Apache Spark: In addition to the Hadoop framework, Apache Spark is also extremely popular in roles involving big data analytics. A quicker and more straightforward alternative for complex frameworks like MapReduce, many organisations are now expanding their operations and looking for professionals with experience in Spark. Moreover, the increase of Spark’s in-memory stack has also made this skill extremely sought after by headhunters of prominent consulting firms.
Growth prospects: Even though organisations generate multitudes of raw data, it would hardly be of any use to them without the skills to analyse it. This is where big data engineers come in the picture. From a career perspective, there is little doubt that big data engineers will have a positive growth curve. As far as the market is concerned, the global big data market would achieve a net worth of $31 billion by the end of this year, thus documenting a growth of 14% from the previous year. There is an escalating demand for big data engineers. Glassdoor itself has listed about 107,730 big data engineering jobs in the US alone.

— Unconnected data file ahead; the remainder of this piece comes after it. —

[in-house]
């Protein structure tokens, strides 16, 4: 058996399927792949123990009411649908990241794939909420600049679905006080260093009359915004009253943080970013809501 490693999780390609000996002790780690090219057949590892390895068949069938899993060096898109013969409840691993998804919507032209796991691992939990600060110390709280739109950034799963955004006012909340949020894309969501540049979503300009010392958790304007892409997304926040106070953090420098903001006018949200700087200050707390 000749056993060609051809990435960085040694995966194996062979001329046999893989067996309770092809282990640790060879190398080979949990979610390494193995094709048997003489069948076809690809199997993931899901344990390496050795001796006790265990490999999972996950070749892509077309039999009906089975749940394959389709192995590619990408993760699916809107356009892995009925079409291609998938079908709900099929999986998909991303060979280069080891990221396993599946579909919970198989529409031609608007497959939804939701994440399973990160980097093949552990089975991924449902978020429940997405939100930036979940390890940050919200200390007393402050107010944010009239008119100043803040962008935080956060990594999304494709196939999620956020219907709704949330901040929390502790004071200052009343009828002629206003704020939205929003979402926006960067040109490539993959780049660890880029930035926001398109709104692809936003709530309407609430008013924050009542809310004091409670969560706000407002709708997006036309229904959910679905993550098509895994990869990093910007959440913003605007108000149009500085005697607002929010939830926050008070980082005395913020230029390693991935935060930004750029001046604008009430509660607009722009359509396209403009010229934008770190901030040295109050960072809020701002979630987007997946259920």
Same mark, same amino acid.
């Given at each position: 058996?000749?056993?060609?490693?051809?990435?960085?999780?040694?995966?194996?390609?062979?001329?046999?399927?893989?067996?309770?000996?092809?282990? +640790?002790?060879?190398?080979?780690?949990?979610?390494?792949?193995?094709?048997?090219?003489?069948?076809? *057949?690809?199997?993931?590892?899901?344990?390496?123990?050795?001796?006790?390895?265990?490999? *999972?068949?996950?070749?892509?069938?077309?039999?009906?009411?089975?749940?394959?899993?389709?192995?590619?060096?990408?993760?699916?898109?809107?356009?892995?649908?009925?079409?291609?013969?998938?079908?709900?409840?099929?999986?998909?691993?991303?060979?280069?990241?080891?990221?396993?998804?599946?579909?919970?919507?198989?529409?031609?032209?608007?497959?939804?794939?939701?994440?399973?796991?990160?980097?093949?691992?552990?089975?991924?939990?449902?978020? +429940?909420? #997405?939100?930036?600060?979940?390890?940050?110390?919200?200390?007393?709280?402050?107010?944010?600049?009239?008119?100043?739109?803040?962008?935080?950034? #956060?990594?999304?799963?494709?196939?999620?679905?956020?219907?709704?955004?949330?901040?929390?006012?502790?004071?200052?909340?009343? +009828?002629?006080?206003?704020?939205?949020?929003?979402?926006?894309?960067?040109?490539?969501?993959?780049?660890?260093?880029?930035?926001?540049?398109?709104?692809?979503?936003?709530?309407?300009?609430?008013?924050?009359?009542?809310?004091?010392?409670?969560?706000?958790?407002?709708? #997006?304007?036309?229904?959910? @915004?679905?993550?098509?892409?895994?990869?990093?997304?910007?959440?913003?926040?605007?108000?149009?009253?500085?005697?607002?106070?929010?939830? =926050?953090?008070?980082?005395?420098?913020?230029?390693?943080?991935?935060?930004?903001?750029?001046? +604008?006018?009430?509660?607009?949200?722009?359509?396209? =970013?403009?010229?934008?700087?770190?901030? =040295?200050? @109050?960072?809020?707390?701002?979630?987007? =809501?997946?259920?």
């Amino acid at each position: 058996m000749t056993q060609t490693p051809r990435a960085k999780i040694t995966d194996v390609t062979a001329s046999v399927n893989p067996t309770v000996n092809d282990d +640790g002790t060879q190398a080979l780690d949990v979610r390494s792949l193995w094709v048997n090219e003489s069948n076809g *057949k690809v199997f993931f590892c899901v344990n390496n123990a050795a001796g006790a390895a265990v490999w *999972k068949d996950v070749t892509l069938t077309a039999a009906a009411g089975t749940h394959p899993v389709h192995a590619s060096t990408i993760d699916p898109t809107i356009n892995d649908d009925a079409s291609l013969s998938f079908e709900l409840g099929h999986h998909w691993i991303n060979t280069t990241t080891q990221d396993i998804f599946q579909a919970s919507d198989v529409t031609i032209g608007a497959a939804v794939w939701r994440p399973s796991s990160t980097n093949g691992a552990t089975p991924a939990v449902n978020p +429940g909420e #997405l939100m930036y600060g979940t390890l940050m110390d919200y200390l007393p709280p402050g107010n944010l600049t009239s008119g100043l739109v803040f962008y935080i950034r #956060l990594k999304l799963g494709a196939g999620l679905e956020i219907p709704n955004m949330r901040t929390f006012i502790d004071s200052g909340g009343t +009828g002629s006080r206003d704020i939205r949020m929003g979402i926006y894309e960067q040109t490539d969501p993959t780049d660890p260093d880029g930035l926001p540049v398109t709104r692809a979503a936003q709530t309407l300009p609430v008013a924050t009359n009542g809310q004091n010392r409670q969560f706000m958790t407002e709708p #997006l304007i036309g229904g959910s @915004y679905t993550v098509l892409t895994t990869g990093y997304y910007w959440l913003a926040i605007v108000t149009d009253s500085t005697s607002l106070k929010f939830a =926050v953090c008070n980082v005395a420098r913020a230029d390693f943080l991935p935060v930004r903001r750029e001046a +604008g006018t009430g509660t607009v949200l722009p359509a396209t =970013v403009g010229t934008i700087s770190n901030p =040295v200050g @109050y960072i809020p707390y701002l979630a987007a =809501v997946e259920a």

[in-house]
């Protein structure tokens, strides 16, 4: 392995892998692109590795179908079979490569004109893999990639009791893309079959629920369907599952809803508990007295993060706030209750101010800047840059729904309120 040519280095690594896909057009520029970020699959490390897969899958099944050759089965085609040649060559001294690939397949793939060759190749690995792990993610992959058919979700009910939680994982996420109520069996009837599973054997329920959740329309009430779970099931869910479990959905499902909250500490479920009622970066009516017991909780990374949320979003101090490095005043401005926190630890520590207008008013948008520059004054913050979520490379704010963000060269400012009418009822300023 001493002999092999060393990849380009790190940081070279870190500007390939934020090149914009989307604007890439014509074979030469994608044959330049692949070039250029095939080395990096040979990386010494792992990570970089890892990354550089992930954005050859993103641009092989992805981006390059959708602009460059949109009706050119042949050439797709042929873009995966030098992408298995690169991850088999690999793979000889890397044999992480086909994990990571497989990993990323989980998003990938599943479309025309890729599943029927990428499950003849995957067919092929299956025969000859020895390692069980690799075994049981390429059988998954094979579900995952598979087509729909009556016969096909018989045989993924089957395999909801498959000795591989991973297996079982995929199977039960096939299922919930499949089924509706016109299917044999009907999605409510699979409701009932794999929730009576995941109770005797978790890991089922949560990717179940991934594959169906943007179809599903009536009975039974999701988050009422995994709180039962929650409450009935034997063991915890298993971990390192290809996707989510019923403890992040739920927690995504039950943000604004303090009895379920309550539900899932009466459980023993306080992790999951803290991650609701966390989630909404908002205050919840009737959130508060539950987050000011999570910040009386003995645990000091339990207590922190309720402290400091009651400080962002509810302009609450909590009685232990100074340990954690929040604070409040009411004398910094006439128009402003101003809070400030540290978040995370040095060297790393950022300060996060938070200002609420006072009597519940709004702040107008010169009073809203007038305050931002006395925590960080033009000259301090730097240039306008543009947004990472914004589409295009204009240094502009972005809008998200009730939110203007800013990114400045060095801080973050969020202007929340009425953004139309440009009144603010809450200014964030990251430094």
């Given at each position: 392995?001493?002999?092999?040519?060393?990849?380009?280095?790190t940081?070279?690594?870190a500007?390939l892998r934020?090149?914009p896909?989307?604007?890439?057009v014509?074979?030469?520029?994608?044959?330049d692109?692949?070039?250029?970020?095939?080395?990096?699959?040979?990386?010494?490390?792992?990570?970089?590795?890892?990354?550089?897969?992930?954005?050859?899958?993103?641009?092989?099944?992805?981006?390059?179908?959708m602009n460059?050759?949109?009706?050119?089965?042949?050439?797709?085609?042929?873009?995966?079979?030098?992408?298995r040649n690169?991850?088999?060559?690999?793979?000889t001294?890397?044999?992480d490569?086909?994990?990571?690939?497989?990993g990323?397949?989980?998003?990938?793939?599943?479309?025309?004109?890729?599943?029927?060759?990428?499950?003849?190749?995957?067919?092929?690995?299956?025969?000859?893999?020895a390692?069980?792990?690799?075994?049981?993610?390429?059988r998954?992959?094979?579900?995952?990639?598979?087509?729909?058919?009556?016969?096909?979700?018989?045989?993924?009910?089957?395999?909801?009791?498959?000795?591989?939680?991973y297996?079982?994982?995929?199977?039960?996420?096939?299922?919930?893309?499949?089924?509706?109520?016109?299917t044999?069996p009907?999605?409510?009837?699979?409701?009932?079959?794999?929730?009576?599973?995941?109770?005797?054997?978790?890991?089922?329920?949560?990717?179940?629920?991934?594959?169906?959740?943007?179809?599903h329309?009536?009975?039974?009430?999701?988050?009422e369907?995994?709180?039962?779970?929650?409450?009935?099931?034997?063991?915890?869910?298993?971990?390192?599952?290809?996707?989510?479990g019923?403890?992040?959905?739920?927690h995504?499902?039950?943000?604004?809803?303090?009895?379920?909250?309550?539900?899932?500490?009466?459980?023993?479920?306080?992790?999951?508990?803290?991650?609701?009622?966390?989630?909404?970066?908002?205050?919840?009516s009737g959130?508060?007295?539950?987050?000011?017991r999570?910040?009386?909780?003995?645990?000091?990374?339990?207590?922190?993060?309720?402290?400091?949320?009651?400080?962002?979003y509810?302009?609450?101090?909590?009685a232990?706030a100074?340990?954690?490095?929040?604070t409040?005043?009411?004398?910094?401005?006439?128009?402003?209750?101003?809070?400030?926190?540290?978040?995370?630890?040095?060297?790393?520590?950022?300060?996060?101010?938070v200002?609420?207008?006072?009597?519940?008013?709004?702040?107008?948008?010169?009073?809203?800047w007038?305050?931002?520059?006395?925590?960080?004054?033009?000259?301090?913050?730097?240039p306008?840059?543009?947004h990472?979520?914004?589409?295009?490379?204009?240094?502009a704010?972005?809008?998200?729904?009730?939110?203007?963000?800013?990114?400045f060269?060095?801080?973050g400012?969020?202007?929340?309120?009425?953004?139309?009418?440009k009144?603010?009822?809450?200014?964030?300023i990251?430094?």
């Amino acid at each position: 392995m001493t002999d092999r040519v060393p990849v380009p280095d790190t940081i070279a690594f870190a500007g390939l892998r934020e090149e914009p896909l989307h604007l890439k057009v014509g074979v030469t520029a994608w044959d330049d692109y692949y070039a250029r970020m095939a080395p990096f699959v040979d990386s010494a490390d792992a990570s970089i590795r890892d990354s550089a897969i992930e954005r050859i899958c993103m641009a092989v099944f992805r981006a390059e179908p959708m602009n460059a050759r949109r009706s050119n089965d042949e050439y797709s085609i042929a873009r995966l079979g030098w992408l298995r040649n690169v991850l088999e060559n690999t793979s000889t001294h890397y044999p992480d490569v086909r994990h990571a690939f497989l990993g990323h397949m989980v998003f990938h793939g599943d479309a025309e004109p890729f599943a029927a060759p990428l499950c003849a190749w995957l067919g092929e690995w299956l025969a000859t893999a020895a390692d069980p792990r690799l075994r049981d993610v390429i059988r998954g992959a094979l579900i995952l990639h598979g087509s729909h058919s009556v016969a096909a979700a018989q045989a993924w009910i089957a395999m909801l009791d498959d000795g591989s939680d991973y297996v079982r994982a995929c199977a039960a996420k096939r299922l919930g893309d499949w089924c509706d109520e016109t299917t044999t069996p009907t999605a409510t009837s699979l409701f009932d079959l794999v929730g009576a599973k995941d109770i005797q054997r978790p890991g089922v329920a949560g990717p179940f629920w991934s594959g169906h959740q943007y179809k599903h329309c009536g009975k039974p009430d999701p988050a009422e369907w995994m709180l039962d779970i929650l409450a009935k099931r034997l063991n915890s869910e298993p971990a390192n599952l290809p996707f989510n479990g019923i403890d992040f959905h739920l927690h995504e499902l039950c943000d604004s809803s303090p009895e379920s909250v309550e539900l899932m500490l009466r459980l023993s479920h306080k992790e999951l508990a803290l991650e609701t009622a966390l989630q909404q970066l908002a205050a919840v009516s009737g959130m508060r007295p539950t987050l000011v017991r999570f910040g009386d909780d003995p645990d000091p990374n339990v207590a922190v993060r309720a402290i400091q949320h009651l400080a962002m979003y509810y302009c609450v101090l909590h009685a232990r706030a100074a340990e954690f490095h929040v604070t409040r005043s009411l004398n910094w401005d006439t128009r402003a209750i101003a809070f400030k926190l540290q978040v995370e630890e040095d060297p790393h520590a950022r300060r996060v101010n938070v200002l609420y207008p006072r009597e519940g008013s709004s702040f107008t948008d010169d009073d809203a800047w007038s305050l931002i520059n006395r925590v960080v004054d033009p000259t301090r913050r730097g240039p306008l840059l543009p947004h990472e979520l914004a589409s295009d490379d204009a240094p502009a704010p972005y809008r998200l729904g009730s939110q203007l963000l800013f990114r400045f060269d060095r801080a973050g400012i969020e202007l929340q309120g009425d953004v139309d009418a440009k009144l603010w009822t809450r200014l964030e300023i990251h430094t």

Job Market: One of the most preferred job roles of our times, big data engineers have an annual salary growth of about 9%. The average starting salary of a big data engineer can range from INR 6,00,000 to INR 10,00,000. According to a survey performed by the Internal Revenue Service (IRS), the top salary bracket makes big data engineers the top 5% of the highest earning roles. According to a study performed by Accenture, 83% of the world’s enterprises have now started pursuing big data projects to gain a competitive edge. An increasing number of enterprises have now started adopting big data in their projects, while others have already made plans to incorporate big data in their future projects
The sports industry, for instance, has an increased demand for big data engineers to track metrics of consumers like social media behaviour, ticket-purchasing habits, demographics, brand interests, and psychographic profiles. As organisations get particular about the data they infer and collect, big data engineers are increasingly being demanded by recruiters.